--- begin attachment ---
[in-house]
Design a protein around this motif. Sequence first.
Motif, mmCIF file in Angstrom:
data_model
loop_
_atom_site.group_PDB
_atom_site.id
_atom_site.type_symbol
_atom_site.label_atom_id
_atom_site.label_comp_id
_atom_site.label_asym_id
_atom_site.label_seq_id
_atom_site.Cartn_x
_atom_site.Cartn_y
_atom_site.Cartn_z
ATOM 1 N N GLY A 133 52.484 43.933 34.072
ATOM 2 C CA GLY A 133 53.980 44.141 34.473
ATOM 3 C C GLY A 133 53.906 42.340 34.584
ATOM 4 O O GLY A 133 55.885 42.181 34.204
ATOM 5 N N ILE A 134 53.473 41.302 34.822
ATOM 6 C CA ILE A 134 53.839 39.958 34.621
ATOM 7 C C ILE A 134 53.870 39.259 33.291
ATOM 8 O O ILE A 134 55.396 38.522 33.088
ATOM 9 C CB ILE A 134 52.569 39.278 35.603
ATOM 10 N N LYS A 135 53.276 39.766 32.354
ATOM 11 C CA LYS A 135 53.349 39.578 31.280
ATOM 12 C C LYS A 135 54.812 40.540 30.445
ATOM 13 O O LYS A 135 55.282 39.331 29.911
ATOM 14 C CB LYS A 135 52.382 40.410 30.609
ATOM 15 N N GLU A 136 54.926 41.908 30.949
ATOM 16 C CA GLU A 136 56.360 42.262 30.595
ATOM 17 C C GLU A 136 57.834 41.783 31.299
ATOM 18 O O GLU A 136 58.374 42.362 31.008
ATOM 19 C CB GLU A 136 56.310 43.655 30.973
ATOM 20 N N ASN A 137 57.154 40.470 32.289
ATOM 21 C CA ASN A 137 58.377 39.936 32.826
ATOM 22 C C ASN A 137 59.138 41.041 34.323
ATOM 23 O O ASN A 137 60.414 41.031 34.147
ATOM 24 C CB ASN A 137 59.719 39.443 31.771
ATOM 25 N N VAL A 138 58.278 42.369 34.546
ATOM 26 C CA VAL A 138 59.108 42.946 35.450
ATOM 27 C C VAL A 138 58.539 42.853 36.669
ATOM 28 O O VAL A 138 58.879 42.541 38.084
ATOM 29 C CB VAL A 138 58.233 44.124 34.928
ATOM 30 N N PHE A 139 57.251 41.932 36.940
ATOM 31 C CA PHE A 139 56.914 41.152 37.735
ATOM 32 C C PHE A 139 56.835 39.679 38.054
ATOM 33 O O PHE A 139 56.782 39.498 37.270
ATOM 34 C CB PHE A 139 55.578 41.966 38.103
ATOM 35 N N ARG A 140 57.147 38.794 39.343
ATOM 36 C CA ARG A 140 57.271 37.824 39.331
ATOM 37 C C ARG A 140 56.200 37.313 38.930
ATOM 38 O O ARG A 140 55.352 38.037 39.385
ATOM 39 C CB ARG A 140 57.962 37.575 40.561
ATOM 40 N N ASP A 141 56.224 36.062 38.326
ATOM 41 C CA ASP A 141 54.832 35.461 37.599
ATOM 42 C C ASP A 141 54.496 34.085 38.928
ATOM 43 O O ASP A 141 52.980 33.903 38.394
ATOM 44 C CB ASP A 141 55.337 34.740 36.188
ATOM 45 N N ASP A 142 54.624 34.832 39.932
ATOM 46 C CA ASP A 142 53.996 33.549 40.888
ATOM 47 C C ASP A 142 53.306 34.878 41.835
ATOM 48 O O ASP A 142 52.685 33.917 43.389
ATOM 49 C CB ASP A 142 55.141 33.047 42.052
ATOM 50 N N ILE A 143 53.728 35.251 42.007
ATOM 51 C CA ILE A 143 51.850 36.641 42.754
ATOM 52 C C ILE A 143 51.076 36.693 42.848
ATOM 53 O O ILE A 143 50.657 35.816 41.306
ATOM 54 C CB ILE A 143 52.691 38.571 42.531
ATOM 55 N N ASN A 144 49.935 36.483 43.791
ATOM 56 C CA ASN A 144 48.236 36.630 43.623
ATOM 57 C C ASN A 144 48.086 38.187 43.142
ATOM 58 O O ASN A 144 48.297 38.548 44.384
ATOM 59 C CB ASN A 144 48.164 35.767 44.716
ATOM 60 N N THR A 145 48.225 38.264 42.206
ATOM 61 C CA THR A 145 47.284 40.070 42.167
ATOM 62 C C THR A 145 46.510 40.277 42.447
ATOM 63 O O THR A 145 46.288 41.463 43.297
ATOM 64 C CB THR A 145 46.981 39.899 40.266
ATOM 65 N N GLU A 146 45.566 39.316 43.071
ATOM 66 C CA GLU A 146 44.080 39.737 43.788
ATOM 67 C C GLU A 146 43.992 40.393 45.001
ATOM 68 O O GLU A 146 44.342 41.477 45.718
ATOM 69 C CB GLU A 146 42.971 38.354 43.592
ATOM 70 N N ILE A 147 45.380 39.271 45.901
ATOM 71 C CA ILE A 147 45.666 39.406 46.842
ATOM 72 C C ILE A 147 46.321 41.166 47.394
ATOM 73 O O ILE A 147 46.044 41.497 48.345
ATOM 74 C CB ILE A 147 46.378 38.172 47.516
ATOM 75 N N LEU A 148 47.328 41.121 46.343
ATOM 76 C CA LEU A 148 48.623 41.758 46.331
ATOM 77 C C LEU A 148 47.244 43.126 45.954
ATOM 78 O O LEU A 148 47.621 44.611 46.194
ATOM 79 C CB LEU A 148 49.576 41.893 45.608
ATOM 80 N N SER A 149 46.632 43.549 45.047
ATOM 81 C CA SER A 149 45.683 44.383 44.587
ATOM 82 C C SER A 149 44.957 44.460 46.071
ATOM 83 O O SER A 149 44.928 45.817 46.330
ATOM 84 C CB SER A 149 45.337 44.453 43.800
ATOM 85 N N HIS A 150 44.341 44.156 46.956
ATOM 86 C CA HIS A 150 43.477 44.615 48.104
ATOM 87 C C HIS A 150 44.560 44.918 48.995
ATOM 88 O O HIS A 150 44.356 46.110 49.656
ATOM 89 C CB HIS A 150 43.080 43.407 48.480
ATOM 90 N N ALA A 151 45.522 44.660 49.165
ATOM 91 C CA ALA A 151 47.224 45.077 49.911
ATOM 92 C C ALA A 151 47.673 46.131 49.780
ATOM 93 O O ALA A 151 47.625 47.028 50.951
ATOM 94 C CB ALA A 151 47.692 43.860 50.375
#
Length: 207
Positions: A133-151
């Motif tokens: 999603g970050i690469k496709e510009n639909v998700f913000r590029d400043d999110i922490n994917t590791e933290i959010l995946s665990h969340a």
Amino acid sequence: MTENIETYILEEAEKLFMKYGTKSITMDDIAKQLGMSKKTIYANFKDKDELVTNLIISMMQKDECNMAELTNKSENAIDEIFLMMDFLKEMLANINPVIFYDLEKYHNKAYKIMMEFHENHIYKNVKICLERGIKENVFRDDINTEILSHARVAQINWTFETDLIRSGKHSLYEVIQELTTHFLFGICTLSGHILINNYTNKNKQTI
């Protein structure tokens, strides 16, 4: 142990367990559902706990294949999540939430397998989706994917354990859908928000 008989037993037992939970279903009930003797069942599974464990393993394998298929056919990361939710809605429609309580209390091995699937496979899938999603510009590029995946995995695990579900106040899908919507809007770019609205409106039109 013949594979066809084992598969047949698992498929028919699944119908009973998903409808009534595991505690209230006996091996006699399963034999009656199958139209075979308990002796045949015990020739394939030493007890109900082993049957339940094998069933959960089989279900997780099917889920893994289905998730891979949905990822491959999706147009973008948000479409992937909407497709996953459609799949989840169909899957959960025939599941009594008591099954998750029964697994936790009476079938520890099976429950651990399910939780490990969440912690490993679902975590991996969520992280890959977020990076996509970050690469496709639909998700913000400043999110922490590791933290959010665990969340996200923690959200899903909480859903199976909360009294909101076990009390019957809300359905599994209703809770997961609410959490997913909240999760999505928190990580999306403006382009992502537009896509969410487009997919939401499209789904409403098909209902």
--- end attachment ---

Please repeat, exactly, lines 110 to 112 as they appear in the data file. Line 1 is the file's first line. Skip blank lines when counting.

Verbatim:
#
Length: 207
Positions: A133-151